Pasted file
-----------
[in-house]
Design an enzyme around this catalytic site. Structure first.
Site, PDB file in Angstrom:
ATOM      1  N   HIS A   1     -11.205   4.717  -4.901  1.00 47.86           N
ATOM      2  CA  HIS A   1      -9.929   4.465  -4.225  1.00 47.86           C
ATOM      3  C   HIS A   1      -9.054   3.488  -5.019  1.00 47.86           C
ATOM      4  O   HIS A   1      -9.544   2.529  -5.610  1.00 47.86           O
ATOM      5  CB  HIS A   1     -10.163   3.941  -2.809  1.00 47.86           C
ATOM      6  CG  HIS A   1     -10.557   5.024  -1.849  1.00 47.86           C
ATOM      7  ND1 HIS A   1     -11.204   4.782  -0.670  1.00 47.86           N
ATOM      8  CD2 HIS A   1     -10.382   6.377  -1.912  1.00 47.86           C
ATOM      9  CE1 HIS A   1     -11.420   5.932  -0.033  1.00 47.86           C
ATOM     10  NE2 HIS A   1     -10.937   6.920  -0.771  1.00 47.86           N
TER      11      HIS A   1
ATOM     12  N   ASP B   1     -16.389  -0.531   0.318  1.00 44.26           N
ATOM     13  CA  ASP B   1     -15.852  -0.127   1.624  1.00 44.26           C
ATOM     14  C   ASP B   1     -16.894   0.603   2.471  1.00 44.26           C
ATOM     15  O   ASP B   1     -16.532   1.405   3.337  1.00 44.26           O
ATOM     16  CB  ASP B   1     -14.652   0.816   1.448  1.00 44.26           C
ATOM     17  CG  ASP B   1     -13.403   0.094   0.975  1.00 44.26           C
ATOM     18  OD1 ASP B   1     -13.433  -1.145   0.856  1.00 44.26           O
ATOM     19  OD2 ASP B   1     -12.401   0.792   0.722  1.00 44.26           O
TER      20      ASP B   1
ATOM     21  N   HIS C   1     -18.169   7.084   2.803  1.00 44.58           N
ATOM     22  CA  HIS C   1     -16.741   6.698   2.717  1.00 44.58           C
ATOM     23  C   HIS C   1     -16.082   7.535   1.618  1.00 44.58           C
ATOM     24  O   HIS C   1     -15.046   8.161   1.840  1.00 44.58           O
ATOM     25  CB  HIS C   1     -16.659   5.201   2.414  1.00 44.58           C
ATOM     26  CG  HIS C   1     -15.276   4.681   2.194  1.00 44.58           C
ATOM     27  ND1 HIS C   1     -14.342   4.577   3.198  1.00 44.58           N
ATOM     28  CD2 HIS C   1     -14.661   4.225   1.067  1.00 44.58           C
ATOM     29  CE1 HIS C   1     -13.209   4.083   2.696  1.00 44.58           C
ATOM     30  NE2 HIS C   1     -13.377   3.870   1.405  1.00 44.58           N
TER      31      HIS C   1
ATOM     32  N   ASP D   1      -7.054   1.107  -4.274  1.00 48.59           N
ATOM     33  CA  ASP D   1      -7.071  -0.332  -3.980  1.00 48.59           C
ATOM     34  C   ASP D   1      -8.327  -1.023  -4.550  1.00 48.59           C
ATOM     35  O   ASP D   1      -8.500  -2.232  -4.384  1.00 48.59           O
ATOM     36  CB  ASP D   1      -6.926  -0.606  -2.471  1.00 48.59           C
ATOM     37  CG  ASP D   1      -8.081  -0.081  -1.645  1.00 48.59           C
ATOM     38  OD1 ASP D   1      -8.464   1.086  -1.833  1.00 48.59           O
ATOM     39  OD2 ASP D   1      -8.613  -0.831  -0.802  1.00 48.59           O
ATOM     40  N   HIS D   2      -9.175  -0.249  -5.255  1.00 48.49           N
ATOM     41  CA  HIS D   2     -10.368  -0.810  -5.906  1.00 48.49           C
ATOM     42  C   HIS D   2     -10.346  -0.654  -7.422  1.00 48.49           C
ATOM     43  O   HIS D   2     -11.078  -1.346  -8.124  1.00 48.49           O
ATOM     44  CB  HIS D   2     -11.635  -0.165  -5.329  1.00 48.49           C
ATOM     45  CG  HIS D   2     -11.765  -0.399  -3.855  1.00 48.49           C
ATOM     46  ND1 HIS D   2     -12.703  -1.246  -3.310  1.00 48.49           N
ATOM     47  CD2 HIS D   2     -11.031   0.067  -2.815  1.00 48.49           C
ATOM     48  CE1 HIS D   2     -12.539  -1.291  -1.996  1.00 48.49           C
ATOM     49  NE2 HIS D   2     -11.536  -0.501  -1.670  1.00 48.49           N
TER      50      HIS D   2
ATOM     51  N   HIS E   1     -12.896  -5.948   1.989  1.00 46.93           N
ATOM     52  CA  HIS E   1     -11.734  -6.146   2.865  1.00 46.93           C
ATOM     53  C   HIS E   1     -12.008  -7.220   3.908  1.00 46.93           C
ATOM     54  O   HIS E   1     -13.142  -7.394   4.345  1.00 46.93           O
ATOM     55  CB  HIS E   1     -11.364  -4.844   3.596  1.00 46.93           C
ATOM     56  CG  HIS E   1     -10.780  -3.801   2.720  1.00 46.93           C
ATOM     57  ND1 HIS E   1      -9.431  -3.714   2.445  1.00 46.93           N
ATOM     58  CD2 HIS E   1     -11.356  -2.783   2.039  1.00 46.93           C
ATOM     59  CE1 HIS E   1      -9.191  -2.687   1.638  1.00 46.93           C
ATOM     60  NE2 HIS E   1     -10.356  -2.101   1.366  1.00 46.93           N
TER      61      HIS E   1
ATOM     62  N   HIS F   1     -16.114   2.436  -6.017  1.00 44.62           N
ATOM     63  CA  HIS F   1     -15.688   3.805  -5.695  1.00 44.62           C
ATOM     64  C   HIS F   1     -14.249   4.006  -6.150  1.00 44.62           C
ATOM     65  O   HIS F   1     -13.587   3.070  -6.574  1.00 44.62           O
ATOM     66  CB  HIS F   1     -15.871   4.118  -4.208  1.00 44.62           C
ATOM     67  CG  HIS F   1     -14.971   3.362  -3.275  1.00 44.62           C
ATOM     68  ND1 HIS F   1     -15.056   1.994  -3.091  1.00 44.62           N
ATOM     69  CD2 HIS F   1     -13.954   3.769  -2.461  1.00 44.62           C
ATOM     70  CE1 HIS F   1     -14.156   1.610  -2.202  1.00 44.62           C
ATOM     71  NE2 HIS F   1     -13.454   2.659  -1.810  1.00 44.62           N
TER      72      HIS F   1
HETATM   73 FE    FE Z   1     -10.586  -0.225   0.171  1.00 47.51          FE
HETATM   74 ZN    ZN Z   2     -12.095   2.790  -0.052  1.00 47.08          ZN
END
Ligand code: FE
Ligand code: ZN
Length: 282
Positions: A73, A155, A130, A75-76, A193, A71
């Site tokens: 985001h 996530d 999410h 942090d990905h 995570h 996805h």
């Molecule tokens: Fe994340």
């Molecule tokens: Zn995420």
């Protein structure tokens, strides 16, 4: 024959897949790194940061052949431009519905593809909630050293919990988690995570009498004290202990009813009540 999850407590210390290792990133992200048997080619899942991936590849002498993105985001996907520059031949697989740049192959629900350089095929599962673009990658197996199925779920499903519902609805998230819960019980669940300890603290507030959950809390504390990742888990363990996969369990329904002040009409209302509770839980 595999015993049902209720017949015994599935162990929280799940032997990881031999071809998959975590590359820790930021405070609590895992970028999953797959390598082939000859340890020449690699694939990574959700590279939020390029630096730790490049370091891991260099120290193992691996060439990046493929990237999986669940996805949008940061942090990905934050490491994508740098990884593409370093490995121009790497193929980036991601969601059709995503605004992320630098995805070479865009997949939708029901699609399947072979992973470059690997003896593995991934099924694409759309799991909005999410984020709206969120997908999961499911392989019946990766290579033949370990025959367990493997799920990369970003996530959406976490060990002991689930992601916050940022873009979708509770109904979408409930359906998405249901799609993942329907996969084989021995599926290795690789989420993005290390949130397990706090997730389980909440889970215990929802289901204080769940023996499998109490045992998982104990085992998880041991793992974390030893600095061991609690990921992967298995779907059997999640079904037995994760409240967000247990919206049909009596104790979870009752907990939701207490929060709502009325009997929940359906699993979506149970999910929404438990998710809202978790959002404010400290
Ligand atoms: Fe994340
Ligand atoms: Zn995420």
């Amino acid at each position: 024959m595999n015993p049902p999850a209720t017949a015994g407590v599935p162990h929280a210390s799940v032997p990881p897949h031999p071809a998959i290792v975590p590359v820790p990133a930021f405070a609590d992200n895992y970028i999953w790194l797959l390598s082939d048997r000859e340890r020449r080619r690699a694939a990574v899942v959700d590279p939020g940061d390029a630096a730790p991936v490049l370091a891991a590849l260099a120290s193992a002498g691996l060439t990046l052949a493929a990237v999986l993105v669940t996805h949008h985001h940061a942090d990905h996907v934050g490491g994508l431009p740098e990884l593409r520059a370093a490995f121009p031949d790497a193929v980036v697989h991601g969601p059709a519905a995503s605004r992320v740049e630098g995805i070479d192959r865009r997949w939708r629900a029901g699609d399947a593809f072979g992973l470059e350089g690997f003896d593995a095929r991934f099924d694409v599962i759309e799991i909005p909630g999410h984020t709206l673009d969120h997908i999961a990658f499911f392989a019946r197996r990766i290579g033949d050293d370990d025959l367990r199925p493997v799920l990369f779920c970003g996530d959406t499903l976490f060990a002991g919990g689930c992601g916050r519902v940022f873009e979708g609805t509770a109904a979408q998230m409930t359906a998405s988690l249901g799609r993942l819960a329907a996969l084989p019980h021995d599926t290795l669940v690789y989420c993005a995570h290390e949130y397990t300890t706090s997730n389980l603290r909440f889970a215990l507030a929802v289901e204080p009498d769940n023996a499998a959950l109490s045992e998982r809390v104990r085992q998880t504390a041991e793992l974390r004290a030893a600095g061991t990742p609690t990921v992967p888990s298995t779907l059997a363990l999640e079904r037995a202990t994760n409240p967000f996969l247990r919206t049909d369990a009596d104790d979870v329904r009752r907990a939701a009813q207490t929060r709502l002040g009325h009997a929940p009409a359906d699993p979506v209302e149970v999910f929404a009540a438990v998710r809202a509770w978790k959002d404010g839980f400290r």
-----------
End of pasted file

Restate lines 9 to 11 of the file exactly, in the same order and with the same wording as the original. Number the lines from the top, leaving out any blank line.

ATOM      6  CG  HIS A   1     -10.557   5.024  -1.849  1.00 47.86           C
ATOM      7  ND1 HIS A   1     -11.204   4.782  -0.670  1.00 47.86           N
ATOM      8  CD2 HIS A   1     -10.382   6.377  -1.912  1.00 47.86           C